** The StarTrekExpandedUniverse has the sword retrieved at least twice. In ''StarTrekArmada'', Worf's enemy Toral seeks to take over the Empire with a fake and goes after Worf in order to prevent anyone from finding the real one. Worf survives, retrieves the real sword, and reaffirms Martok as the Chancellor. In a novel, Ezri Dax retrieves the sword and gives it to Martok, who has been overthrown by his illegitimate son, causing the pitched battle to stop and every Klingon to bow down to their Chancellor.
* In ''Series/StarTrekTheNextGeneration'', when Q appeared in "Hide and Q" he endowed Riker with the power of the Continuum in an attempt to uncover how humanity might someday surpass his species. Picard immediately pressured Riker into resisting the urge to use this power, ostensibly to prevent Will from abusing it, and also to win a wager against Q in the hopes of making the God-like being sod off forever. Even though he is corrupted by the power, Riker ultimately decides to remain human and has the power taken away, with the moral being that humanity will take its own path without needing to be uplifted by Q. This doesn't stop Q from continuing to harass Picard once a season for the rest of Next Gen's run, of course.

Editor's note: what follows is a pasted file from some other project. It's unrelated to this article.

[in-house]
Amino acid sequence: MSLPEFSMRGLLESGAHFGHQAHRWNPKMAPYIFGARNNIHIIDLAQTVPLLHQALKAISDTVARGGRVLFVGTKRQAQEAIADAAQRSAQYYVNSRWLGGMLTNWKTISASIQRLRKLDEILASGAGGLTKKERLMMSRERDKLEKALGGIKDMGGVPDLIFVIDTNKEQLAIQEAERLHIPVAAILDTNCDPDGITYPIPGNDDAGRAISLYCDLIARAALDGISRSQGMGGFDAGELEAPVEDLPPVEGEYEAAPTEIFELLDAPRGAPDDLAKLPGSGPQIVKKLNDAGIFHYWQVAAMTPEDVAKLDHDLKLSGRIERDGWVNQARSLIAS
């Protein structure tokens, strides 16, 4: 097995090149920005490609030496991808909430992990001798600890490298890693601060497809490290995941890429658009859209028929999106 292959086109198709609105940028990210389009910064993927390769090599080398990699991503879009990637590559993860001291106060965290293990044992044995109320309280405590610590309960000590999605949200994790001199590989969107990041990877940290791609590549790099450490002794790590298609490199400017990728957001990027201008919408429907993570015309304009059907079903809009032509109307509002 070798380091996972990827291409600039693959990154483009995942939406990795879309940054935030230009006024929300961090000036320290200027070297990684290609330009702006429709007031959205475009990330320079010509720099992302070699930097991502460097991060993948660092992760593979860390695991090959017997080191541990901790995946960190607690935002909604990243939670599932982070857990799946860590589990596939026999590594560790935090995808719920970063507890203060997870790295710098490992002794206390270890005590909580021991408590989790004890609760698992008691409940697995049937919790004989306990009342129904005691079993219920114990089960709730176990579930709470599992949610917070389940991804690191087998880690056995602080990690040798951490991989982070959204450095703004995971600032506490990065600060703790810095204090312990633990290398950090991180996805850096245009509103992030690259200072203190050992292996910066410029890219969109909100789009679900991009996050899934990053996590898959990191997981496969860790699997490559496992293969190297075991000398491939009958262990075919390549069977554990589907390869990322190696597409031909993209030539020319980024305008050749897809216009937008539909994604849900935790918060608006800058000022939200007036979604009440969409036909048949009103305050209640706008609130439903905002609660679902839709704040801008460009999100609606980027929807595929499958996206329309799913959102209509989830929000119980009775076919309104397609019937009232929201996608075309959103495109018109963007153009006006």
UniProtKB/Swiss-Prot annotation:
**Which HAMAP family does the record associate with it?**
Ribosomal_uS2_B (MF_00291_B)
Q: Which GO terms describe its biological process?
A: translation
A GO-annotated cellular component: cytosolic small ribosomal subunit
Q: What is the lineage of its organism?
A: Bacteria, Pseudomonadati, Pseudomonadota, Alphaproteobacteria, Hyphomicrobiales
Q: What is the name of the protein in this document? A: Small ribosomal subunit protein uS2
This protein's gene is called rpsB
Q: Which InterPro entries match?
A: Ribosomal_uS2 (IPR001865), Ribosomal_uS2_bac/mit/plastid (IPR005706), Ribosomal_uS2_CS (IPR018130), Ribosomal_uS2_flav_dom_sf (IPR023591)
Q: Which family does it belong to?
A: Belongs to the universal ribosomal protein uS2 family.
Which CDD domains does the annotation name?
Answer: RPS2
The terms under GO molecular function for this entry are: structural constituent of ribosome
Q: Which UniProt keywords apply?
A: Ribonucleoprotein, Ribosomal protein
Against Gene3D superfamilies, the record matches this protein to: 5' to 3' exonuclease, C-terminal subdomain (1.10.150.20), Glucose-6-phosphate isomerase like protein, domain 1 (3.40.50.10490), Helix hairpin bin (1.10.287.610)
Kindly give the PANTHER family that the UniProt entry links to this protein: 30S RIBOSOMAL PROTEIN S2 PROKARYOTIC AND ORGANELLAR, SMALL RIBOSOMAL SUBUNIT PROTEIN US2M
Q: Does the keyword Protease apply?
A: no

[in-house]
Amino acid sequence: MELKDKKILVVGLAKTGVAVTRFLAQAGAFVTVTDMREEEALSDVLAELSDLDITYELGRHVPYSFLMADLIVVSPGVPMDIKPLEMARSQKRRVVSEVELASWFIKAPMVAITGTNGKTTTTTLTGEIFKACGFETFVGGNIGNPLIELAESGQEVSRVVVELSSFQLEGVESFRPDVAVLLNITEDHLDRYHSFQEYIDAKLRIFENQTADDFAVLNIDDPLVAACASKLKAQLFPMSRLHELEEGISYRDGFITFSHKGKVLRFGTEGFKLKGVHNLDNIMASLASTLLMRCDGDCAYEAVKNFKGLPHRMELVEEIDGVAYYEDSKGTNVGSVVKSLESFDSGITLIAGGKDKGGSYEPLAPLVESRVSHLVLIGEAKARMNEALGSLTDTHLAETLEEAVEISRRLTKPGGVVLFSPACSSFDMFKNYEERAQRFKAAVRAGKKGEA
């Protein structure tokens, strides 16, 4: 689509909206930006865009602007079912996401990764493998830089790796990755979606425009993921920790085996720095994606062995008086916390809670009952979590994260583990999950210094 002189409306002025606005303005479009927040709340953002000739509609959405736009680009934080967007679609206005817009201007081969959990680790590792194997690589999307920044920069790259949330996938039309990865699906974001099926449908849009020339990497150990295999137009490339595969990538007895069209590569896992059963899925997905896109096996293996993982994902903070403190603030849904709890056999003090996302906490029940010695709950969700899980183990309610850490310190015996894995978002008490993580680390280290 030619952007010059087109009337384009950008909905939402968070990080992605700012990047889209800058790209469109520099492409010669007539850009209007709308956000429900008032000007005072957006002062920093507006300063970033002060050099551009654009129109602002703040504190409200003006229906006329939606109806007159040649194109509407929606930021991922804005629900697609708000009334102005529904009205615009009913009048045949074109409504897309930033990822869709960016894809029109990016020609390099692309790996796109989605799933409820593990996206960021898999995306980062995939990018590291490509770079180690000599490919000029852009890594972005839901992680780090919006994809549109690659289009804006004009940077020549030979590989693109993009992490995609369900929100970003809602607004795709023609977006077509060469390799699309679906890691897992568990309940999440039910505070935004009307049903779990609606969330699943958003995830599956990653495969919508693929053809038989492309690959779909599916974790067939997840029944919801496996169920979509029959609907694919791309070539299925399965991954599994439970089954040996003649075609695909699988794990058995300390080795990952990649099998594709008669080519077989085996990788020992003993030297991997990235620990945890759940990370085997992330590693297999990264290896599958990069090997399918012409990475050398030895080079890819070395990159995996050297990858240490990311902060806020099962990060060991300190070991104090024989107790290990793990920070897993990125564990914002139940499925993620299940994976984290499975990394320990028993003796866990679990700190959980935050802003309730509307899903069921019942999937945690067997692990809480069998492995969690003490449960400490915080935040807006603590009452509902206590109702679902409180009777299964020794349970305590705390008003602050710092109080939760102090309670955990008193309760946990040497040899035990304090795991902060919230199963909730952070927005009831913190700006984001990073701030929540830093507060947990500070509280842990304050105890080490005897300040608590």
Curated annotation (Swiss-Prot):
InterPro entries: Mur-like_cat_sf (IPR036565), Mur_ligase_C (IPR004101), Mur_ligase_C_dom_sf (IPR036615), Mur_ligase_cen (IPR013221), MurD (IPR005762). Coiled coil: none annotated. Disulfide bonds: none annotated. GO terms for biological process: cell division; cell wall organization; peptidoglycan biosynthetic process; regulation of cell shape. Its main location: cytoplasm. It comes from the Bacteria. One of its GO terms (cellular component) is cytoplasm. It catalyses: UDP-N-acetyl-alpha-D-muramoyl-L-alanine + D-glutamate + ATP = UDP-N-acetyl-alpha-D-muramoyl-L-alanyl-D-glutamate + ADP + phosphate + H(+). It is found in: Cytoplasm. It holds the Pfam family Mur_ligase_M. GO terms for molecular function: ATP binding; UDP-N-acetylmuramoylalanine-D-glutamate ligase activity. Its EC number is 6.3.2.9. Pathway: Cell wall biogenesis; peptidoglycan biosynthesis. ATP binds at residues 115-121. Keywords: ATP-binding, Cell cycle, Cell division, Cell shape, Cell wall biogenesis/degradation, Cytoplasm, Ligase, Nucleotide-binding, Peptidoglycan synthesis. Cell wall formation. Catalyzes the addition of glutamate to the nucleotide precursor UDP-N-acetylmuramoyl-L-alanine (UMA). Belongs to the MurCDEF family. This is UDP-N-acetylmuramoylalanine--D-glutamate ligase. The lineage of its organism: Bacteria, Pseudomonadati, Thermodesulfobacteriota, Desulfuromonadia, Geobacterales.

* ''Series/StarTrekVoyager'' introduces the "Omega Directive," which is this trope applied to the Omega molecule--a super-powerful substance which, if mishandled, can not only blow up anything around, but also turn entire sectors of space into a NoWarpingZone. If Omega is detected, Starfleet must do anything necessary to destroy it, with all other directives - even the Prime Directive itself - rescinded.

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* On one In ''Series/StarTrekDeepSpaceNine'' episode "The Sword of ''Series/StarTrekDeepSpaceNine'', Kahless", the heroes embark on a quest to find the Sword Of Kahless, eponymous sword, a very important religious artifact to the Klingons. So important, in fact, that whoever finds it and brings it back to the homeworld would gain the cultural/religious/political power to take over the Klingon Empire. As it turns out, it seems to corrupt its wielder faster than [[LordOfTheRings The One Ring]], and after seeing her cohorts plotting to take over the empire and fighting amongst themselves over who gets to do it, Jadzia beams the sword into space. WordOfGod said that the sword was just a sword, with no unnatural powers; the lure of power and glory was what caused people to fight over it.